Social media for a travel attraction should be engaging and give insight into a destination; it’s easier to be creative with the voice of dinosaur trapped in a museum than as a staid social media manager.
Tourism boards can border on boring when they push out a stream of scheduled tweets that shout dates of upcoming events at followers. And it can be difficult to create one voice to define a destination that is filled with all kinds of attractions and locals.
That’s why tourism boards, museums, and travel attractions are turning their Twitter accounts over to a single clever character.
The best example of this is the Banff Squirrel, which Skift interviewed last month for insights into his social media strategies. Banff was kind enough to share the names of his friends that are also working Tweetdeck looking for potential visitors, sharing facts related to their destination or exhibit, and giving a place a voice, all in the real time.
Skift reached out to JasperThaBear for Tourism Jasper, Oisin The Deer for Warwickshire Museum Service and LASMmummy for Louisiana Art & Science Museum to see how the Twitter critters influenced a destinations’ or attractions’ social media engagement.
Although it is impossible for any destination to know the impact that their critters’ jokes have had on real-life visitor count, all agree that it’s raised awareness among potential visitors and locals.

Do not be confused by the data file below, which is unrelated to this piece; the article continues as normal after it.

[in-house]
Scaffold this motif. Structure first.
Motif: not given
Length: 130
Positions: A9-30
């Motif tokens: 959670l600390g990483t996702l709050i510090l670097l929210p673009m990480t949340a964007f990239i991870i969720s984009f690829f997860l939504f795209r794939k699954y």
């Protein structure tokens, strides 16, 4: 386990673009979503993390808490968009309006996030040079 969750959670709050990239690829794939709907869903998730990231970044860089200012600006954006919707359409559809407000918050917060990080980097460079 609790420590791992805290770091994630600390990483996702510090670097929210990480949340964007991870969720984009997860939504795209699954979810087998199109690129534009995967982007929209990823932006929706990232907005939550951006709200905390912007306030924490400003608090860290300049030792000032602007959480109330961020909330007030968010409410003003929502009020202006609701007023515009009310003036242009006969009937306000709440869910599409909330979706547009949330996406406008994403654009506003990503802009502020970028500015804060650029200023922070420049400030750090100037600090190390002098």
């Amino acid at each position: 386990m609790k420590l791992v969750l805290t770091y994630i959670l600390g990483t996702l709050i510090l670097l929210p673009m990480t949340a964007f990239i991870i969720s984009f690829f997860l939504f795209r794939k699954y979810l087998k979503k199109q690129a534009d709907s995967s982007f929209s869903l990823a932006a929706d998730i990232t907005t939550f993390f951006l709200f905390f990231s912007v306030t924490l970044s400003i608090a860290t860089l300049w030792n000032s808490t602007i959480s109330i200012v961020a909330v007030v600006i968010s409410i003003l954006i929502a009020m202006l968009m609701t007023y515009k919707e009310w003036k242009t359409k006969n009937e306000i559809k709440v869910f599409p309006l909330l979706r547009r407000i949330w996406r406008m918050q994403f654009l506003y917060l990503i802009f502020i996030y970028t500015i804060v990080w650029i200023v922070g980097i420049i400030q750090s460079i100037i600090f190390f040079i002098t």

Tara Kistler, Communications Coordinator at the Louisiana Arts and Science Museum, says a tweeting mummy on social media keeps the museum on locals’ minds.
“The LASM mummy itself has been a staple for locals to visit for nearly 50 years,” says Kistler. “The social media presence is allowing people to rediscover the mummy, and therefore it generates a great deal of curiosity and publicity.”
Read more about how each character was chosen to take control of the Twitter handle and what they’ve done for the places they represent in the slideshow above.
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Photo credit: The original photo that spawned thousands of photoshopped images with the Banff Squirrel. National Geographic